By Chris Schnepf
Trying to understand how climate is changing, and how these changes affect the crop yields, forest growth, water from melting snowpacks, and all the other parts of our natural world, is very challenging. Increasingly, some of the primary tools for understanding these phenomena are models.
One of the biggest misconceptions about models is the idea they are not based in the real world – that they are just theoretical constructs, untethered to actual measurements. There are models like that – even philosophers are playing with models these days. But most of the models used in the natural sciences depend on empirical data – measurements of things like temperature, precipitation, crop yields, tree mortality, and many other attributes. The more relevant data that is collected to support models, the more helpful they will be to making decisions, by helping us accurately describe what has happened recently and projecting what might happen in the future. Nearly all of us use these kinds of models every day, in the form of local weather forecasts. But at some point, collecting larger amounts of field data requires more people.
People’s day to day experiences with their local environment often play a large role in how they view climate science. In a sense, we are all walking around collecting data every day about what is happening locally. Some people actually get quite meticulous with this. For example, I have met many landowners who keep detailed records of precipitation collected in their rain gauges. With just a little nudging, this natural instinct to monitor our natural world can be harnessed to formally add to the effectiveness of scientific research associated with climate and related phenomena. The common term for this is “citizen science.” Citizen science can have many variations, but it basically enlists volunteers in efforts to collect data that will support scientific research.
Citizen science can involve recruiting volunteers to go into the field together with the researchers to get more hands in collecting data. But data can also be collected in less directed, cumulative ways, not tied to a specific research effort. With the advent of smart phones and tablets, such efforts are increasingly done in the form of mobile device computer applications (“apps”), where people collect data and upload it to a cloud, both to track their own measurements and to make it accessible to scientists. Here are three examples of apps that support citizen science related to climate. All three are available on both Android and IOS operating systems:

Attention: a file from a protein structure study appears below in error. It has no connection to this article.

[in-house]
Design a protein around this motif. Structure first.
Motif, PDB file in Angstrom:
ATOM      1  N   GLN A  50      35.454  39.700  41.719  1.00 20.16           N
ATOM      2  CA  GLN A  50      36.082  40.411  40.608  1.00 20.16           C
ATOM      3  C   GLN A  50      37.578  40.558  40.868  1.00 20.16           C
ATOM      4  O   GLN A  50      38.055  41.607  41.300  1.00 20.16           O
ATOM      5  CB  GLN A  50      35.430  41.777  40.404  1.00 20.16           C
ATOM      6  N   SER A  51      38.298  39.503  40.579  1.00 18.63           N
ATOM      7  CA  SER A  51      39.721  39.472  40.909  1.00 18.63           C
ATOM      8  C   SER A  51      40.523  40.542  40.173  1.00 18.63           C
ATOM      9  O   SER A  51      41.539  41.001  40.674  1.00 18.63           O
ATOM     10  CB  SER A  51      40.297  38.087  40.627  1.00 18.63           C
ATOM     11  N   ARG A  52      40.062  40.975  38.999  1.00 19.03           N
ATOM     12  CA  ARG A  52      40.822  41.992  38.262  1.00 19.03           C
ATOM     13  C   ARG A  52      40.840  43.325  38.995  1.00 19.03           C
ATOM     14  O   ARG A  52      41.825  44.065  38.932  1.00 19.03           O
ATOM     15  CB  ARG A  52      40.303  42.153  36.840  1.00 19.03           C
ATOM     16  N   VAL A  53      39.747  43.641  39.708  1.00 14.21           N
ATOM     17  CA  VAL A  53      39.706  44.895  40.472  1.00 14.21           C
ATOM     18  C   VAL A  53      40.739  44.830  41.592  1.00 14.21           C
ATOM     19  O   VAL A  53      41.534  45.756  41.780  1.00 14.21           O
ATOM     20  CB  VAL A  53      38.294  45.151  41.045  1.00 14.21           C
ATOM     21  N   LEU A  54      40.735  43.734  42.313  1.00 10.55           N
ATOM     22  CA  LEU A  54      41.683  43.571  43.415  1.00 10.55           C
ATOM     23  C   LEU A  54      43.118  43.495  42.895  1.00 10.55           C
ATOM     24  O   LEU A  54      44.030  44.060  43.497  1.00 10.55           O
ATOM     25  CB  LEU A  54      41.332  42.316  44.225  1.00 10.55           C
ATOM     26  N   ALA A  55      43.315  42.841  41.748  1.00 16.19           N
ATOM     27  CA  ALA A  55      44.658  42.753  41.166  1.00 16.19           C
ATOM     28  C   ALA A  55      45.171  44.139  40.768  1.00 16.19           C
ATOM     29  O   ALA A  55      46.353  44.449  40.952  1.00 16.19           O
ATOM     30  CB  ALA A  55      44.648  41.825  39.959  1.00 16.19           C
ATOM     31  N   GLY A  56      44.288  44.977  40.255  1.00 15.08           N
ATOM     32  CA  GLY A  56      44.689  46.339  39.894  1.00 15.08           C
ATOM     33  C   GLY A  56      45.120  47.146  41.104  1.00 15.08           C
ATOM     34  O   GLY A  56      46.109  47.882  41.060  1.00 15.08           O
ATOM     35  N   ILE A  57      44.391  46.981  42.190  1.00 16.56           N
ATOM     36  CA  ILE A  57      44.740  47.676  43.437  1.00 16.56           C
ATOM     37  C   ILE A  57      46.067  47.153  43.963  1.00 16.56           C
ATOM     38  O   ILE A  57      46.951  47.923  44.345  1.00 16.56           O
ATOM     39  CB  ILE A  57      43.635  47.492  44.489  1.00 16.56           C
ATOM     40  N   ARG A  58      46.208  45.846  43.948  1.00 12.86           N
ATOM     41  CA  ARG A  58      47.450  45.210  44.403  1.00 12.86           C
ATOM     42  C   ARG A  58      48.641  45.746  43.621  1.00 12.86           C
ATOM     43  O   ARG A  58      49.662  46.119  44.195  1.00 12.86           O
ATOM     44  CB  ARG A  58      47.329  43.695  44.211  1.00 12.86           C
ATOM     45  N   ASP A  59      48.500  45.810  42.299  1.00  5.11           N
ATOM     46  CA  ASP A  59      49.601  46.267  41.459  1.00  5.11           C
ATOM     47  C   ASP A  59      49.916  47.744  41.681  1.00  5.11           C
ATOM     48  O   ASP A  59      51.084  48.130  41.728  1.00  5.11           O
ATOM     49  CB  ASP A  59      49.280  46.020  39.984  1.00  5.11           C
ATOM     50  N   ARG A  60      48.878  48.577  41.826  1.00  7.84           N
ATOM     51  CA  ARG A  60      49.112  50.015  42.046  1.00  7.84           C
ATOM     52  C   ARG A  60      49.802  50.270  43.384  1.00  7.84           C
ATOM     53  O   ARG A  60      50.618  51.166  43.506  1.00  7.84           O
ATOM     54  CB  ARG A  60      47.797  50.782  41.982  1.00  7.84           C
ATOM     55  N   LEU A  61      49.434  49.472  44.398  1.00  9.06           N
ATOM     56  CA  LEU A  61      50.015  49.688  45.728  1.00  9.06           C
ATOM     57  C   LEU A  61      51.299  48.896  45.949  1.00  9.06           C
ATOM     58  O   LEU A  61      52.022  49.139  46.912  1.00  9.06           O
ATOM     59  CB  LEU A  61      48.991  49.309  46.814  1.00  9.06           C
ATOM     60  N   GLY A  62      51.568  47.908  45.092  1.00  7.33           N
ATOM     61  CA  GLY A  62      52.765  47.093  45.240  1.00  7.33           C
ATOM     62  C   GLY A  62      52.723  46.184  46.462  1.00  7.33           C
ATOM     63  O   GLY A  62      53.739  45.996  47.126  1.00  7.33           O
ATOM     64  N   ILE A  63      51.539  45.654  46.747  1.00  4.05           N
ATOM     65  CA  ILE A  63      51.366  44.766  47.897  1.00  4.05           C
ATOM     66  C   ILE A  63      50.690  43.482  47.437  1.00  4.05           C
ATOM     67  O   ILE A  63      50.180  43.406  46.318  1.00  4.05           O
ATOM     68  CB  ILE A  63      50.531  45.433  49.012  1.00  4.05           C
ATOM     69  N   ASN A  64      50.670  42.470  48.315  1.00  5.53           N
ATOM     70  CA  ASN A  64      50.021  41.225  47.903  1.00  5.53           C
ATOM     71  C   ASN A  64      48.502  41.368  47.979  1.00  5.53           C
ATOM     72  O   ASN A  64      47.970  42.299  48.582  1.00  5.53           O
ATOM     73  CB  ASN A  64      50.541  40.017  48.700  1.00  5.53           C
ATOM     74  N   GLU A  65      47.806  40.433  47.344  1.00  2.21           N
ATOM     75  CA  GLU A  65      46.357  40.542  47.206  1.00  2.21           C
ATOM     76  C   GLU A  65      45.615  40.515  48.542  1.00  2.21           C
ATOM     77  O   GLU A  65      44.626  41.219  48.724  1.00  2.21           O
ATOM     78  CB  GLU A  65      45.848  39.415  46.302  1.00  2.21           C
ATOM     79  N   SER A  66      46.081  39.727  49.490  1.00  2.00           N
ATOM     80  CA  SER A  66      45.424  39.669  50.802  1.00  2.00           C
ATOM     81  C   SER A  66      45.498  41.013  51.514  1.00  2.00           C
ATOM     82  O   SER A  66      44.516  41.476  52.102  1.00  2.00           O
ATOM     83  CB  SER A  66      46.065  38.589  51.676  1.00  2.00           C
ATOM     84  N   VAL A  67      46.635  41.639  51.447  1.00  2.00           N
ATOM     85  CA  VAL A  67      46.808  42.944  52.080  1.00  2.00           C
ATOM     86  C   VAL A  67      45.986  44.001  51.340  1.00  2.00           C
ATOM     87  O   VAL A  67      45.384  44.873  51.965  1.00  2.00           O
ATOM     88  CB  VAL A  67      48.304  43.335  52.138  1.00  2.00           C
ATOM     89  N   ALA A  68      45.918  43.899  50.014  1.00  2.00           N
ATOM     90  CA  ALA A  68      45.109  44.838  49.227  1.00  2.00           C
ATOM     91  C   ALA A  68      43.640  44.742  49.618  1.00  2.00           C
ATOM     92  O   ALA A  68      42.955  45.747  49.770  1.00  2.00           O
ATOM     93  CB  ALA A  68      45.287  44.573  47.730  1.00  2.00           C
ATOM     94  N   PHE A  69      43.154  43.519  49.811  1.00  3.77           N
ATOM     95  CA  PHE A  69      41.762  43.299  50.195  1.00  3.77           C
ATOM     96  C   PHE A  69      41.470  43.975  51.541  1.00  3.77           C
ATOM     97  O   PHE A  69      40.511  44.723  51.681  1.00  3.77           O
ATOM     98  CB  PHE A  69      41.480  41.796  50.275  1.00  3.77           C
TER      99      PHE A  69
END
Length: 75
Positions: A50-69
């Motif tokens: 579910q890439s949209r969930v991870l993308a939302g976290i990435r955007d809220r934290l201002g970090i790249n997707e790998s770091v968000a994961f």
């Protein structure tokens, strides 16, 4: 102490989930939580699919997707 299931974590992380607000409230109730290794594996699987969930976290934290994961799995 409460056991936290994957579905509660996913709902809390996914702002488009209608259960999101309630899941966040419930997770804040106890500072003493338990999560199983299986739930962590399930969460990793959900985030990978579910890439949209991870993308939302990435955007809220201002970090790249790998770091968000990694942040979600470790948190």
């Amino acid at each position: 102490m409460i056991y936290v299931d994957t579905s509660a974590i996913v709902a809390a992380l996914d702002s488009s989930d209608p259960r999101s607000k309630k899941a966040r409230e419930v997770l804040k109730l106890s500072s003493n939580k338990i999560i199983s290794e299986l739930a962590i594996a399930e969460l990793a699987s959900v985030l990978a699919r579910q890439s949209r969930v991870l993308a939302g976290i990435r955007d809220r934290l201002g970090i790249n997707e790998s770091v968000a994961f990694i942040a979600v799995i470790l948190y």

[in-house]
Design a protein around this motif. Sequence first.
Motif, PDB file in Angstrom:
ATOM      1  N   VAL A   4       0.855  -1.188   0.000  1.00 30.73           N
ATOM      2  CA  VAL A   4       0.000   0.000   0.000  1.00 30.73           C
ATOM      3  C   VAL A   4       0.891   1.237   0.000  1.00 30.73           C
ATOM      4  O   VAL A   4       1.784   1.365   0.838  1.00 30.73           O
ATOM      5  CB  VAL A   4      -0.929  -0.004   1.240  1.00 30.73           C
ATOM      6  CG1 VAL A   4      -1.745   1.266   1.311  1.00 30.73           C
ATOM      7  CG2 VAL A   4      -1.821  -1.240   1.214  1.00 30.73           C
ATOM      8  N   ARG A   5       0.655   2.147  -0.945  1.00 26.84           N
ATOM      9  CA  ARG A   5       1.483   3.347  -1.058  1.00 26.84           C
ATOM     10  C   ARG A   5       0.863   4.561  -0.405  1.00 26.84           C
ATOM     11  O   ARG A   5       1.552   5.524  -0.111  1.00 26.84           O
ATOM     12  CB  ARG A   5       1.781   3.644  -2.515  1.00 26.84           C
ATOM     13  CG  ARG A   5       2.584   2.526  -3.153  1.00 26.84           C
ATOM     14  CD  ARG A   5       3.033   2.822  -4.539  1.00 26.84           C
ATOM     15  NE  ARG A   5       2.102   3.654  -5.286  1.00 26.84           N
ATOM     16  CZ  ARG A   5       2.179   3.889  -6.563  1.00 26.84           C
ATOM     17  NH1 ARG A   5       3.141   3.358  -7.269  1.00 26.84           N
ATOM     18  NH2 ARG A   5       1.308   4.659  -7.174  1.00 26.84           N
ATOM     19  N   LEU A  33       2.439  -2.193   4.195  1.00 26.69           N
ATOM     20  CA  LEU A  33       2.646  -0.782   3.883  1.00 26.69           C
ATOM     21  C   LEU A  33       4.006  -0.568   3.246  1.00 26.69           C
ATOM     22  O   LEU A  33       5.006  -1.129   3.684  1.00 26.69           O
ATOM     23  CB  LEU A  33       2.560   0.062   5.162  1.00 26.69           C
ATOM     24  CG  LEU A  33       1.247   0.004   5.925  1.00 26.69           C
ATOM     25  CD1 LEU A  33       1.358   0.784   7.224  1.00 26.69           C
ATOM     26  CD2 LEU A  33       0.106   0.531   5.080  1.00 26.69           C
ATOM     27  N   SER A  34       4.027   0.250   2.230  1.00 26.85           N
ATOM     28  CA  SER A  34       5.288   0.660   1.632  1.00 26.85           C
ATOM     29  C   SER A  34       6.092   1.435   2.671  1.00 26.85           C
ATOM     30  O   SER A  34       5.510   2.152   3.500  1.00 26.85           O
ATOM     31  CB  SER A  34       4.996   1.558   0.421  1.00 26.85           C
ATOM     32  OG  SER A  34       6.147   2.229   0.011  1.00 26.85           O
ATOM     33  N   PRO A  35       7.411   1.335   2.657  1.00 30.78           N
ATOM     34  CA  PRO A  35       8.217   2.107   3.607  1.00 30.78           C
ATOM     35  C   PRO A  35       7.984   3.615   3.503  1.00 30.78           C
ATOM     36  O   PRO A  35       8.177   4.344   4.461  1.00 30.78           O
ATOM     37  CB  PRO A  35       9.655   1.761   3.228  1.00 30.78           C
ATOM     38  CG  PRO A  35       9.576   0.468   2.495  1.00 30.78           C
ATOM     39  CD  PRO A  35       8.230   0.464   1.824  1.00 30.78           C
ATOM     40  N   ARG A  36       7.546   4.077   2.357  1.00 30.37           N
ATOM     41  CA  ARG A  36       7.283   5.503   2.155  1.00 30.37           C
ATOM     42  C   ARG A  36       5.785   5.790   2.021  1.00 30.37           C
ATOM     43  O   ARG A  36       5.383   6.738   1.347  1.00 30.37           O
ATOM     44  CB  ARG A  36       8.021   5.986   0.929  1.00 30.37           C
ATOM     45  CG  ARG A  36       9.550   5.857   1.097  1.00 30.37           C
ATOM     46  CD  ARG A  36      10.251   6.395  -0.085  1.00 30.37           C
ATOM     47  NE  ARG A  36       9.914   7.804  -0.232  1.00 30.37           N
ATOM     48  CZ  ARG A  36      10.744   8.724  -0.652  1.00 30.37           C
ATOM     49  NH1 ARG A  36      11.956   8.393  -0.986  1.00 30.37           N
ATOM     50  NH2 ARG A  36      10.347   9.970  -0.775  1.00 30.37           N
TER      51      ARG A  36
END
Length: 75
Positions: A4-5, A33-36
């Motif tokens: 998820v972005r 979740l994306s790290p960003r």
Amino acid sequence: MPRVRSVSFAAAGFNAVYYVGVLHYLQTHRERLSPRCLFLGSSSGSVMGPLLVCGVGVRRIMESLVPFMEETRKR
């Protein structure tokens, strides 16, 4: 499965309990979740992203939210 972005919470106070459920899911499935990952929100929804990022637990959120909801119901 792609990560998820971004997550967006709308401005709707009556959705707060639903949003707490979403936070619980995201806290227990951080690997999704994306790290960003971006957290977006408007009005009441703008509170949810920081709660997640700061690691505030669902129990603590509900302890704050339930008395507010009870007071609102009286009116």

- The Community Collaborative Rain, Hail and Snow Network (CoCoRaHS) has an app that allows you to upload rain gauge and similar weather records to a cloud for your use and to share with others. You need to sign up as a CoCoRaHS volunteer first.
- Phenology is the study of cyclic and seasonal biological phenomena (e.g., flowering) and climate. Nature’s Notebook, is the app for the USA National Phenology Network, based at the University of Arizona. It allows you to enter all kinds of phenological data for plants, animals, and fungi for a given location for use by the scientific community and for your own interest.
- The Early Detection and Distribution Mapping System (EDDMapS) app allows anyone to contribute geo-referenced data (data that is tied to a location – most mobile devices have GPS now) about observations of exotic invasive species (e.g., noxious weeds) they run across.
Nearly every conversation I have had with landowners on climate suggests they prefer guidance on climate effects in the context of local conditions and management decisions. But many of the folks who work with climate models are quick to point out that their projections are for broad regions more than local communities. Citizen science is a great way to collect richer local data to improve climate models to better reflect local conditions and provide locally relevant projections. Citizen science apps help people collect those data in ways that fit with their busy schedules. In the process, participants are also enfranchised in climate science and gain insights into scientific processes.